30 October 2014
Article written by Jack Goode, National Assembly for Wales Research Service
Over the summer, prices paid to dairy farmers for liquid milk have been decreasing. Arla lowered the price paid to farmers in April from 33.74 pence per litre (ppl) by 1.27 ppl or 3.8%. Since then, other purchasers have also announced reductions in the price paid to farmers. The price decreases to date are summarised in Table 1:
Table 1: Change in UK milk prices April-Nov 2014
The decrease in the price paid by First Milk is important to note as in Wales, 1 in 3 Welsh dairy farmers supply to First Milk. Milk purchasers and processors have stated that the declining price being paid to farmers is reflective of global market conditions. . In the last year, on the global market there has been a 51% fall in the price of milk from its all-time high of September 2013. Though the UK is partially shielded from the effects of the global market due to a highly internalised market, the economics of the situation have begun to have a significant impact on the UK dairy sector.
Since the unparalleled prices of 2013, UK farmers have achieved a higher yield of milk per cow, causing an increase in supply. Along with this increased supply the global demand has decreased, forcing prices to lower. One reason for the decrease in demand is the loss of trade with Russia. Following the situation in Ukraine in 2014 import bans were introduced by the European Union halting dairy exports to this market. Another reason for the decrease in demand is the reduced market activity from China, following stockpiling activities in 2013.
The Dairy Sector has previously seen sudden decreases in the price of milk; a particular example of this was in 2012. On this occasion a milk price crisis began as a result of a fall in global prices combined with aggressive supermarket contracts according to Dairy UK. As a consequence of the hardship faced by farmers and the effect on the UK dairy sector, a voluntary code of practice was developed to govern the contractual relationship between dairy producers and the processors they sell to.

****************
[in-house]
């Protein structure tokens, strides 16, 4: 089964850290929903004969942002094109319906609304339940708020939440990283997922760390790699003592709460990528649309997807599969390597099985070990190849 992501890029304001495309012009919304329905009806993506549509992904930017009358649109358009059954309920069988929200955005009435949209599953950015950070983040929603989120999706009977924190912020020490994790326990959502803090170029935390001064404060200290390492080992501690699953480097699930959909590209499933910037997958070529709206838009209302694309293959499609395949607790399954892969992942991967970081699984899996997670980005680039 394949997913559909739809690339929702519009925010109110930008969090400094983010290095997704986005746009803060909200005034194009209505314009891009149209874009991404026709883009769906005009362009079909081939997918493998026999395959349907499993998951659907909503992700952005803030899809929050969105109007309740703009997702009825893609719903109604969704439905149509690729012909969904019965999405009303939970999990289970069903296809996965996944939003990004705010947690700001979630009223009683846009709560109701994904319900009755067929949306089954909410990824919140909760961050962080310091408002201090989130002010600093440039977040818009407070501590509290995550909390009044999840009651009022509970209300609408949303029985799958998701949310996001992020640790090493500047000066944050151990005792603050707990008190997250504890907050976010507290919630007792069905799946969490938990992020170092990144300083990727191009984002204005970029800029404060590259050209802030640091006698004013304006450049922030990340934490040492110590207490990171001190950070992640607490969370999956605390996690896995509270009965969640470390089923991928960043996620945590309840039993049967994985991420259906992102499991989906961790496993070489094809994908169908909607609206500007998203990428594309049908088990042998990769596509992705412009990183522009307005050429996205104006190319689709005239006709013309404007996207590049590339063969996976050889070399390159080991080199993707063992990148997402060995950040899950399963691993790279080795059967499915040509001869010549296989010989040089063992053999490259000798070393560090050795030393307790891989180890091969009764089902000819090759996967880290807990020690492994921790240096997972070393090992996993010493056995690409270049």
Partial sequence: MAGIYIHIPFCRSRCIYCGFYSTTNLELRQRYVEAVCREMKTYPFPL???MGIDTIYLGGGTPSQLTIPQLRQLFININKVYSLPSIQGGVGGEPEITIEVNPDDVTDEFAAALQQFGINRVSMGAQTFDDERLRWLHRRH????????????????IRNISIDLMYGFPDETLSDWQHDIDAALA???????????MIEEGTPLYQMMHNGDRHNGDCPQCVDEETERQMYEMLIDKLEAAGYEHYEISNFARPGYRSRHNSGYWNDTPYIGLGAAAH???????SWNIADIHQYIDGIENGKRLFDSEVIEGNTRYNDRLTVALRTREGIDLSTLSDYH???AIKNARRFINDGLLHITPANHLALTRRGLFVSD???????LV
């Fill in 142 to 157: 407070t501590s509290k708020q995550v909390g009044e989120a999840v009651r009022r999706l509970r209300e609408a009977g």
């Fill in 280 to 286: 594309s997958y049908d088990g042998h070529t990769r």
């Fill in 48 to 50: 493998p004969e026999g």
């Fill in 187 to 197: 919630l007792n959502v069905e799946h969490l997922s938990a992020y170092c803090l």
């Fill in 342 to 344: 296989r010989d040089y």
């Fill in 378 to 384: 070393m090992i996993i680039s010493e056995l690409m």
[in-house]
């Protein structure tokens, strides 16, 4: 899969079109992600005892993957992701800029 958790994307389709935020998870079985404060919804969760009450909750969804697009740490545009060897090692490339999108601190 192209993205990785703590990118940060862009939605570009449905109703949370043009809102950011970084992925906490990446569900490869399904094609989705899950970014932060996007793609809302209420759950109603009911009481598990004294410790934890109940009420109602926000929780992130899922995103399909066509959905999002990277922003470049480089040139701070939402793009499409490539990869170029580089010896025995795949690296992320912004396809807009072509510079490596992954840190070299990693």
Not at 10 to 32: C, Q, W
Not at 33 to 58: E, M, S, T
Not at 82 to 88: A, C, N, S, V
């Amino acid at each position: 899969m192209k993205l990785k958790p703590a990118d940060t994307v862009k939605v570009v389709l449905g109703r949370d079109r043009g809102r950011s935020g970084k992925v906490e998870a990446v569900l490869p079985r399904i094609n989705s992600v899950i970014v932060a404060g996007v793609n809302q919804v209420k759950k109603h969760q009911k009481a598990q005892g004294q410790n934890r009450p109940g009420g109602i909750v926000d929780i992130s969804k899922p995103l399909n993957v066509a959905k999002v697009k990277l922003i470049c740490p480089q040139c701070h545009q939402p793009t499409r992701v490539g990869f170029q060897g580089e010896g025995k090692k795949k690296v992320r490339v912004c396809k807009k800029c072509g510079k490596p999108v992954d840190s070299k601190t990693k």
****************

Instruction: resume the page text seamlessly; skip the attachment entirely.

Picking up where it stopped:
The code applies to Wales, England and Scotland and as of March 2013, an estimated 85% of British milk was bound by the principles of the voluntary code. The code allows individual farmers to negotiate contracts and gives them the ability to leave contracts more easily if price changes occur.
Two years after introduction of the code, a review was undertaken to assess the effectiveness of the code. The report from this assessment was published 06 October 2014. The review found that where implemented fully the code had led to positive change but that wider adoption of the code across the sector is needed. Seven specific recommendations were made in the findings of the review including two clarifications to ensure that the current code was not misinterpreted. After its release, the Deputy Minister for Farming and Food announced the launch of an Independent review of the dairy industry in Wales. Terms of reference for the review have yet to be finalised. .
Further information on the Dairy Sector can be found in the Dairy Sector Research Note.